When kids head for college, it's hard to let go
By Eileen Putman
By Eileen Putman
"You know what to do if you're caught in a rip current, right?" I ask anxiously, wanting to impart this last bit of knowledge to my son before he leaves us — and his childhood — behind.
We sat on a beach in the Florida Keys, a last family vacation before he headed off to college, joining a projected 18 million students at campuses this fall. My riptide worries, a metaphor for my jitters over that life-changing milestone, provoked a sigh.
"Yeah," he said wearily. "You tell me every time we come here."
Doubts over how well we've prepared a child for life's tough currents are a common affliction of parents sending a student off to college. Just as common is the advice aimed our way: Let go.
It's a message colleges stress — every chance they get. The dreaded "helicopter" parent who drops in to fix problems is the focus of orientation workshops. Topping schools' recommended reading for parents are books about letting go, prominently displayed in campus bookstores on move-in and orientation days.
At a time when parents are proud and thrilled their child is taking this big step, they're told to step back. The thrill is tempered by sadness. Their job — a big part of it, anyhow — is over.
"It's a loss. It's the end of the chapter of your life with that child. ... You don't get any more do-overs," said Dr. Andrea VanSteenhouse, a psychologist and author of "Empty Nest ... Full Heart: The Journey from Home to College" (Simpler Life Press, 2002), a book high on colleges' suggested reading lists.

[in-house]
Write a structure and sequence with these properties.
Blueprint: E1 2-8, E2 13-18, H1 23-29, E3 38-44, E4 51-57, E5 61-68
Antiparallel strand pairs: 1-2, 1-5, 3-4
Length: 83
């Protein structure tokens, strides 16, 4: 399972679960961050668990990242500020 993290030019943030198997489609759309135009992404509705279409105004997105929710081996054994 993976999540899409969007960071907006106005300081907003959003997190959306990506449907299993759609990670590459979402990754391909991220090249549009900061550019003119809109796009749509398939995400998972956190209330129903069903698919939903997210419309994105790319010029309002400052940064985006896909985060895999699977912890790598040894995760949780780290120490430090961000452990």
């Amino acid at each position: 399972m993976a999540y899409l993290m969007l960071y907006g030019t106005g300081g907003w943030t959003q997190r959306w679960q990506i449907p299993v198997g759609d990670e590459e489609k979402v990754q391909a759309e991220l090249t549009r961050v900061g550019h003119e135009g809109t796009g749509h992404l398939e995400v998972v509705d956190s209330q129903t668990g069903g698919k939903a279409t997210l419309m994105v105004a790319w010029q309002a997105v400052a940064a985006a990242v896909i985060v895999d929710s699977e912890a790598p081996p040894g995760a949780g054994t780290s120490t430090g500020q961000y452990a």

Besides loss, there's worry. When children live elsewhere, parents don't know what they're doing or even whether they're OK. College is no safe haven, as the murders at Virginia Tech last year illustrate. Worries about date rape, assault, hazing, drinking, drugs and other perils can keep moms and dads up at night. Schools try to create a safe environment, but their efforts can't match a parent's vigilance.
Privacy laws, in fact, can prevent parents from seeing their child's grades or knowing about problems — including medical ones — without the student's consent.
Colleges see that as a good thing.
"Parents really do have their children's best interests at heart but sometimes, out of the desire to be helpful, get in the way of their child becoming independent," said Karen Levin Coburn, associate dean for freshman transition at Washington University in St. Louis and author of "Letting Go: A Parents' Guide to Understanding the College Years" (HarperCollins, 2003).
Like many schools, James Madison University, in Harrisonburg, Va., where my son is attending, warns parents not to "helicopter" in to fix problems because it robs students of the chance to learn problem-solving skills. In summer orientation for freshman parents, students acted out a wickedly funny skit of a parent weeping after moving a student into the dorm. In another skit, a "parent" donned a helmet and grabbed a sturdy rope to drop to her student's rescue in superhero fashion.
Parents know they can't teach children all they need to cope with whatever college — or life — throws their way. They know they must give children freedom to become adults. But it's not easy.
"Some feel an emptiness when they realize just how much that child filled up their lives," said VanSteenhouse.
Sending a child off into the world gives parents the opportunity to re-evaluate their marriage, friendships and other relationships — which experts say is a good thing. Change, they note, is part of growth.